Swooping Curves Create a Sense of Movement in This Once “Clunky” Beach Home
“We wanted to celebrate the space’s geometry.”
Published Feb 26, 2022 1:35 AM
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Much like the Pacific Coast Highway (which you’d have to drive along to get to this Ventura, California, property), the beachside home’s interior is full of unexpected curves and turns. After a Los Angeles–based couple with two young kids bought it as a place to escape during the onset of the pandemic (it was the last oceanfront house available at the time), they brought in designer Jess Diab, former project manager to Sarah Sherman Samuel, to jazz up the space. “They were in bunker mode; they needed everything in this house,” recalls Diab. Inspired by the swooping entry stairwell, she committed to the circa-1980 home’s irregular shapes and compartmentalized social areas. “We wanted to celebrate the space’s geometry,” she says.
The challenge was to make the house feel less choppy without attempting structural changes. The home spans three floors, with the guest bedrooms on the lower level; the living, dining, and cooking zones on the middle floor; and the main bedroom in a partially open, lofted space. “It was very clunky,” notes Diab. “I didn’t want people who were moving through the house to feel like they were having an experience of just walking up and down a bunch of stairs.” The idea was to create as many moments and as much movement as possible to give the illusion of flow.
Coming in for a Landing
Diab took a fun approach to the funky stairwell niche by plastering the walls of the enclave for a soothing, textured touch and adding a sculptural side table and giant decorative clamshell. The vignette encourages a moment of pause before you head out the front door.
A Calm Wake-Up Call
Because the guest bedrooms are located on the ground (er, beach) level, Diab sought to make those spaces feel like hotel suites by adding simple nightstands and pendant lights. “I initially started with the Drop It Modern fabric,” she shares, pointing to the custom cushioned panels that frame either side of the headboard. The graphic pattern inspired the side table, which looks almost like a 3D version of the print. “That black side table with the three balls at the bottom was a heinous black with gold feet that we got for around $100 off a random website,” recalls Diab. “We spray-painted it and now it looks like it’s $600.”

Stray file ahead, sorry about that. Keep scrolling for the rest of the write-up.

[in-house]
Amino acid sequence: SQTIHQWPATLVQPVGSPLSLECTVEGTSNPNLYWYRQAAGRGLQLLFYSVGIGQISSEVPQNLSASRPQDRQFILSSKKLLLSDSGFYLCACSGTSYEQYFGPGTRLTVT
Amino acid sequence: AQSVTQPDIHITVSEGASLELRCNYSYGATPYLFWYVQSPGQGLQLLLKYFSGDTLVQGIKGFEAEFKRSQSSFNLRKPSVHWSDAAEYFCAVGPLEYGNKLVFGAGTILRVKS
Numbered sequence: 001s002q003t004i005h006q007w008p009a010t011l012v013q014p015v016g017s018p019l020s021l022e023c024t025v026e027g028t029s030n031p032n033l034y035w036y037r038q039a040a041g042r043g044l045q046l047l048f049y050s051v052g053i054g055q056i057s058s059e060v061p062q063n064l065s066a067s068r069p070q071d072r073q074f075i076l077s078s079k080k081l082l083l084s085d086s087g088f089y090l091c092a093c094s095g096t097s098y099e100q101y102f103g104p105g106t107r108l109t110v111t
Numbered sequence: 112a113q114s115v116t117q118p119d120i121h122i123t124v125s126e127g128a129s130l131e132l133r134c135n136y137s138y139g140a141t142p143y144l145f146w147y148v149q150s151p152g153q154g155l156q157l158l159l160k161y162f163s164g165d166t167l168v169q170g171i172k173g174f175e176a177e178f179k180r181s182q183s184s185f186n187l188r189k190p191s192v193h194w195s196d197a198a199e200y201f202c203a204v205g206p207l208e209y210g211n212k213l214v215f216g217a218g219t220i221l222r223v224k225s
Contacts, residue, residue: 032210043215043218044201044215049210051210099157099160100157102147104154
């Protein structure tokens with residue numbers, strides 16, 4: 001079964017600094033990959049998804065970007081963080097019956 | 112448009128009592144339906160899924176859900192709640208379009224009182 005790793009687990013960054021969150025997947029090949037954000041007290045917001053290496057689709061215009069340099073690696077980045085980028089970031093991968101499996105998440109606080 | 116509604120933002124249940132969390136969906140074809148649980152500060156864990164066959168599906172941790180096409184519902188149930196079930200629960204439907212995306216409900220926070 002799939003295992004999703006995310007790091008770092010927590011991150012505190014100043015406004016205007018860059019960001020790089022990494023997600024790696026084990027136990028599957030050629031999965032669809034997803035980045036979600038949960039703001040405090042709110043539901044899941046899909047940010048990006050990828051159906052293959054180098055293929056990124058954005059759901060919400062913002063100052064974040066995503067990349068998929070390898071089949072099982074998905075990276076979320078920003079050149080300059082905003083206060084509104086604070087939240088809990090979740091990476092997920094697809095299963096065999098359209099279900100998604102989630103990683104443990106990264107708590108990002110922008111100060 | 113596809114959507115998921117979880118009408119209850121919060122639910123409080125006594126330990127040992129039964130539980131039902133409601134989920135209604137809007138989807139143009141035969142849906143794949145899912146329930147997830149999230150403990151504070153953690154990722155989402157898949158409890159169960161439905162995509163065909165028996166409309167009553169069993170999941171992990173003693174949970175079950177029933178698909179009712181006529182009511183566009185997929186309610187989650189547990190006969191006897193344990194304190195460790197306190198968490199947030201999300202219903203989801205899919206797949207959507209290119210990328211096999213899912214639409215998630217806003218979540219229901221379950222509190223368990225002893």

Before Diab got on the scene, the lofted bedroom looked like a bowling alley (it was just long and narrow). “The bed could really only go on that one wall,” she says. In an effort to make the awkward orientation less noticeable, she opted for a custom channel-tufted headboard to introduce some horizontal lines into the room.
The new marble kitchen countertop and backsplash was a winner right away because its dark green and gray veining reminded Diab of the Pacific Ocean. “We worked with the slab yard to meticulously book-match all the visible edges of the shelves, so that it had the allure of swirling across the space in a watery effect,” she reveals. The upper shelf was created so that the clients’ guests could always see where the essentials (namely, the coffee grinds and mugs) are kept.
Diab teamed up with pro organizer Julianna Strickland of Space Camp Organizing to not only stock the house with all of the family’s favorite snacks, but build out the necessary cabinets to hold their surplus kitchen things. Because the homeowners needed enough room to host at least 15 people, Strickland framed either side of the dining nook with extra storage for pantry items and dishes.
Continuing the curved theme, she topped off the cupboards with Park Studio hardware (and did the same with the bedroom closets). “Working with Julianna was like ASMR,” says Diab with a laugh. “I felt like everything was going to be okay.” We feel soothed already.